Andy Warhol (1928-1987)
copper metallic pigment and urine on canvas
76 x 52 in. (193 x 132 cm.)
Painted in 1978.
Gagosian Gallery, New York
Acquired from the above by the present owner, 1987
PROPERTY OF A PRIVATE EUROPEAN COLLECTION
Andy Warhol: The Late Works, exh. cat., 2004, p. 57 (illustrated in color).
New York, Gagosian Gallery, Andy Warhol: Oxidation Paintings 1978, 1986.
Staatsgalerie Stuttgart and London, The Tate Gallery, The Froehlich Foundation: German and Austrian Art from Beuys to Warhol, May-September 1996, p. 281, no. 300 (illustrated in color).
London, Tate Gallery (on extended loan).
Riehen/Basel, Fondation Beyeler, Andy Warhol: Series and Singles, September-December 2000, no. 97 (illustrated in color).
Andy Warhol's Oxidation paintings, perhaps more than any other series in his oeuvre, embody a striking paradox: they are at once aesthetically rich and gleefully transgressive. The present work, created in 1978, is an especially beautiful example from the series. Its surface offers up sensual delight in its coppery iridescence, and its composition is enlivened by elegant splashes that radiate outward with visceral energy. Yet Warhol's method for achieving such rich painterly abstraction was notoriously base, the product of Warhol and company urinating on the copper-coated canvas. The result is at once a pointed parody of Jackson Pollock's drips and splashes and a brazenly original take on abstraction.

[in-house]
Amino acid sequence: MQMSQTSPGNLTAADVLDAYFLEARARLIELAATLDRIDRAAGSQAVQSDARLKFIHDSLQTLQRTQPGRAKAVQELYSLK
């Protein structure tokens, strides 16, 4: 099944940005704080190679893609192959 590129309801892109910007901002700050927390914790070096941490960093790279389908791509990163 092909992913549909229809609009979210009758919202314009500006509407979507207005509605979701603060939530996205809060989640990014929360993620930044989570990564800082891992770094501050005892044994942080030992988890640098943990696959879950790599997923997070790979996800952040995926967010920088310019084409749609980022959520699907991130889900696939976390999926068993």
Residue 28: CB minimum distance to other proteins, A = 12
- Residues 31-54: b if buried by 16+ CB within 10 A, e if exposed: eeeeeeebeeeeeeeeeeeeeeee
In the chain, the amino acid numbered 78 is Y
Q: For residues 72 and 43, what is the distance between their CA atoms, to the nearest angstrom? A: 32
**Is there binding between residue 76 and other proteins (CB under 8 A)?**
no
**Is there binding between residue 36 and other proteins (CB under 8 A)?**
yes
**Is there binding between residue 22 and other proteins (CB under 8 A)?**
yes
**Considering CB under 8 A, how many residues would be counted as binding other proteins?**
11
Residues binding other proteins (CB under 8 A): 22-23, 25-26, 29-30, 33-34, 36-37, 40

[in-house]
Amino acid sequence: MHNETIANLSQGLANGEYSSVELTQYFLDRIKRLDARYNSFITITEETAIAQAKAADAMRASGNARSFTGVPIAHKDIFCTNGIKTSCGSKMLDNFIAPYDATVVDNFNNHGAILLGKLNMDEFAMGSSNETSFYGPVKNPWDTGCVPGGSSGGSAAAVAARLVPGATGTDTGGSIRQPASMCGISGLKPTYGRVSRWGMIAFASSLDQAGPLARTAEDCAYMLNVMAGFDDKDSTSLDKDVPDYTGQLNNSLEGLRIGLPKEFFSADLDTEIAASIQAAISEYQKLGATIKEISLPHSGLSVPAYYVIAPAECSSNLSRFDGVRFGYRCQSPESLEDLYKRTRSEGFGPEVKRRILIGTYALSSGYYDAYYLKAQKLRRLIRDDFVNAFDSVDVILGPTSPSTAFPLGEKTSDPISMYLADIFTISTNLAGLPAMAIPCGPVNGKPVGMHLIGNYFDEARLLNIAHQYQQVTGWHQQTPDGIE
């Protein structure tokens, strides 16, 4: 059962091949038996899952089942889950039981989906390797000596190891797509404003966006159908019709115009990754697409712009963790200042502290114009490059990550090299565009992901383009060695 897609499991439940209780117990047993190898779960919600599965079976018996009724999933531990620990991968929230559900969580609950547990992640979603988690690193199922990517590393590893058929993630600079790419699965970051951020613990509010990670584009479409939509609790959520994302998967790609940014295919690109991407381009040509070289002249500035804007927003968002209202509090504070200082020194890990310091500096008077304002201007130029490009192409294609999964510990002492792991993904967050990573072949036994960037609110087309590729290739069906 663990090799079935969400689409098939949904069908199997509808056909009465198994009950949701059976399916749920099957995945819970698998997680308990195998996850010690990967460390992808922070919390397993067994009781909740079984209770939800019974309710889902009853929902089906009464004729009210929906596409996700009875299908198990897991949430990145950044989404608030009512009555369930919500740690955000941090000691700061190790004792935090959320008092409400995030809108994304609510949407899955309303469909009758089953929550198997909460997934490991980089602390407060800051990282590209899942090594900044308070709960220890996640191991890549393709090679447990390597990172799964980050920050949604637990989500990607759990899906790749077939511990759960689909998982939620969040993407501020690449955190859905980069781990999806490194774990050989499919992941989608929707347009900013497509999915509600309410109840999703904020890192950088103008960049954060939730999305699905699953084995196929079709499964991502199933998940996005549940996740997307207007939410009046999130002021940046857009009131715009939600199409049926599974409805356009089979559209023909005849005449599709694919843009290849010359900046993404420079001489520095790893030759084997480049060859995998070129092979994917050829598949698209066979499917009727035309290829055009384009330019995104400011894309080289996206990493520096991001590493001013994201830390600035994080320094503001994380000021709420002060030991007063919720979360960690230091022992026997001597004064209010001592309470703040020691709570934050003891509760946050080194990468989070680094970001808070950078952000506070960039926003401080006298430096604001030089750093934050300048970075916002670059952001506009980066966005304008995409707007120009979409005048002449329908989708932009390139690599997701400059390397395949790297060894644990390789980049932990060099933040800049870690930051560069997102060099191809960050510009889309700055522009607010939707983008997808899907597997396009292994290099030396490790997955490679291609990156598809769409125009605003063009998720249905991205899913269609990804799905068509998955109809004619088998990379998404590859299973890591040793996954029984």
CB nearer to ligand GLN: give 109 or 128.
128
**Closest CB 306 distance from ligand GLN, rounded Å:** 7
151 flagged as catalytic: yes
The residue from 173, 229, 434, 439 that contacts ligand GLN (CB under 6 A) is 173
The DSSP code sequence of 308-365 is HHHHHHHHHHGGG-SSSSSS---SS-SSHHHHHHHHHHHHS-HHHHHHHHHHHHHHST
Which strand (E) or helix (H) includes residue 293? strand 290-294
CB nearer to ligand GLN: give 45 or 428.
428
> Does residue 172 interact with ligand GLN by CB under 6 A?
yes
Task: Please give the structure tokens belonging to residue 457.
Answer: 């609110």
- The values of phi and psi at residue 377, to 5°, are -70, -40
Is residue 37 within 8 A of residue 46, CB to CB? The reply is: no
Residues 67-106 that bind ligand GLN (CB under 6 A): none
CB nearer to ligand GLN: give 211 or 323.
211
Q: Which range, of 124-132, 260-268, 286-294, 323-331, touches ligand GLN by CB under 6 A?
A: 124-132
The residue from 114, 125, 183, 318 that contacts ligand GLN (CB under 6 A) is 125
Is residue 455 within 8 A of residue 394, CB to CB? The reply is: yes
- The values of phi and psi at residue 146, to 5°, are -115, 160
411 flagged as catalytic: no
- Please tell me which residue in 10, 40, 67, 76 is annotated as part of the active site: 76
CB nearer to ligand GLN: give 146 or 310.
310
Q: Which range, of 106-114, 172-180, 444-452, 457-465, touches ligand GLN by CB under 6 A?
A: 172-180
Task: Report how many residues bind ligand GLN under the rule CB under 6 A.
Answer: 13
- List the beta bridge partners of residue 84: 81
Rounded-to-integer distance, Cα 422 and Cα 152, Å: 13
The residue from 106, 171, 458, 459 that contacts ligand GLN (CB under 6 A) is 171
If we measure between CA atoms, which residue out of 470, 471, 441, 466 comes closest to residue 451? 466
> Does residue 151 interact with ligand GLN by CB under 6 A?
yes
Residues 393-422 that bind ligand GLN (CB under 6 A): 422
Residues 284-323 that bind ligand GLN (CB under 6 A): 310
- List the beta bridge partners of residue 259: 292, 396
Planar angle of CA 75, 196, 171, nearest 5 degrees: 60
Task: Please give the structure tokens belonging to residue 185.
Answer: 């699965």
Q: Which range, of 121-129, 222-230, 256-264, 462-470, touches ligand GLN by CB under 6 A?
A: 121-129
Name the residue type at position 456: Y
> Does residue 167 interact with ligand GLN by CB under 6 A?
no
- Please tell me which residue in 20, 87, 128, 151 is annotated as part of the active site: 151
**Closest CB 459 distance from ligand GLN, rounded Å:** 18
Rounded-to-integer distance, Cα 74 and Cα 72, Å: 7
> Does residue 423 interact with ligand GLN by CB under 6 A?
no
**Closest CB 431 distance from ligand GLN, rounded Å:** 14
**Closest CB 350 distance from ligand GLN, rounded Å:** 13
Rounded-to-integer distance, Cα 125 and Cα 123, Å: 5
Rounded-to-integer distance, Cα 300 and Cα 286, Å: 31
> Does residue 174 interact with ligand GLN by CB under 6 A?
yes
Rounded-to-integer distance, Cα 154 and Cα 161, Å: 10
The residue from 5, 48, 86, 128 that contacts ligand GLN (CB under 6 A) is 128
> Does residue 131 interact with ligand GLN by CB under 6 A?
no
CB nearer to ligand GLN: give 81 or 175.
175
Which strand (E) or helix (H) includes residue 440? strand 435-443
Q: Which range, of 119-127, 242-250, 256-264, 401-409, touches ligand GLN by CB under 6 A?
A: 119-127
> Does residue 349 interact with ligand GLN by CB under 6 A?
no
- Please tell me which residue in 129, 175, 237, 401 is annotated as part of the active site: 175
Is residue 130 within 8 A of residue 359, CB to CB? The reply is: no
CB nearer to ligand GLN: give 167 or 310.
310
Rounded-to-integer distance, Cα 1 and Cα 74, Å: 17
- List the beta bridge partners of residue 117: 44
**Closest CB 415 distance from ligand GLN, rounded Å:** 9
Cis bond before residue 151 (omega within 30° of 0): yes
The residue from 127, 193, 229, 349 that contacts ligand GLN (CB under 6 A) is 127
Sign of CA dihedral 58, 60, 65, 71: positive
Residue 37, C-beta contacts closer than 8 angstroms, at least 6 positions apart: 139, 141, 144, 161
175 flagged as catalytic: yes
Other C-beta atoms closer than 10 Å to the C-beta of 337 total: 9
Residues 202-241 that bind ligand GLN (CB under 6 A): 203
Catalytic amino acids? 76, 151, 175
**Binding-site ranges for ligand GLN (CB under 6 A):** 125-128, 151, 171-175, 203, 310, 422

Also known as "Piss paintings," Warhol worked on the Oxidation series from 1977 to 1978. He worked by spreading canvases out on the floor and coating them with a copper paint, which he would typically direct his assistants or Factory visitors to urinate on while the paint was still wet. Over time, the uric acid would oxidize the metal in the copper paint and create an attractively shimmering patina. Although the act of urination might seem to be the ultimate gesture of desecration, Warhol ironically insisted on the importance of artistic skill in their creation, explaining that "they had technique, too. If I asked someone to do an Oxidation painting, and they just wouldn't think about it, it would just be a mess. Then I did it myself -- and it's just too much work -- and you try to figure out a good design" (A. Warhol, quoted in I'll Be Your Mirror: The Selected Andy Warhol Interviews, edited by K. Goldsmith, 2004, p. 327). Warhol particularly loved having his assistant Ronny Cutrone contribute these works, "because he takes a lot of vitamin B so the canvas turns a really pretty color when it's his piss" (A. Warhol, quoted in The Andy Warhol Diaries, ed. P. Hackett, 1989, p. 55). He was so inspired by the painterly effects he achieved through the use of urine as a substitute for paint that he even experimented with brushing urine onto the canvas, although he gave up after finding it too difficult.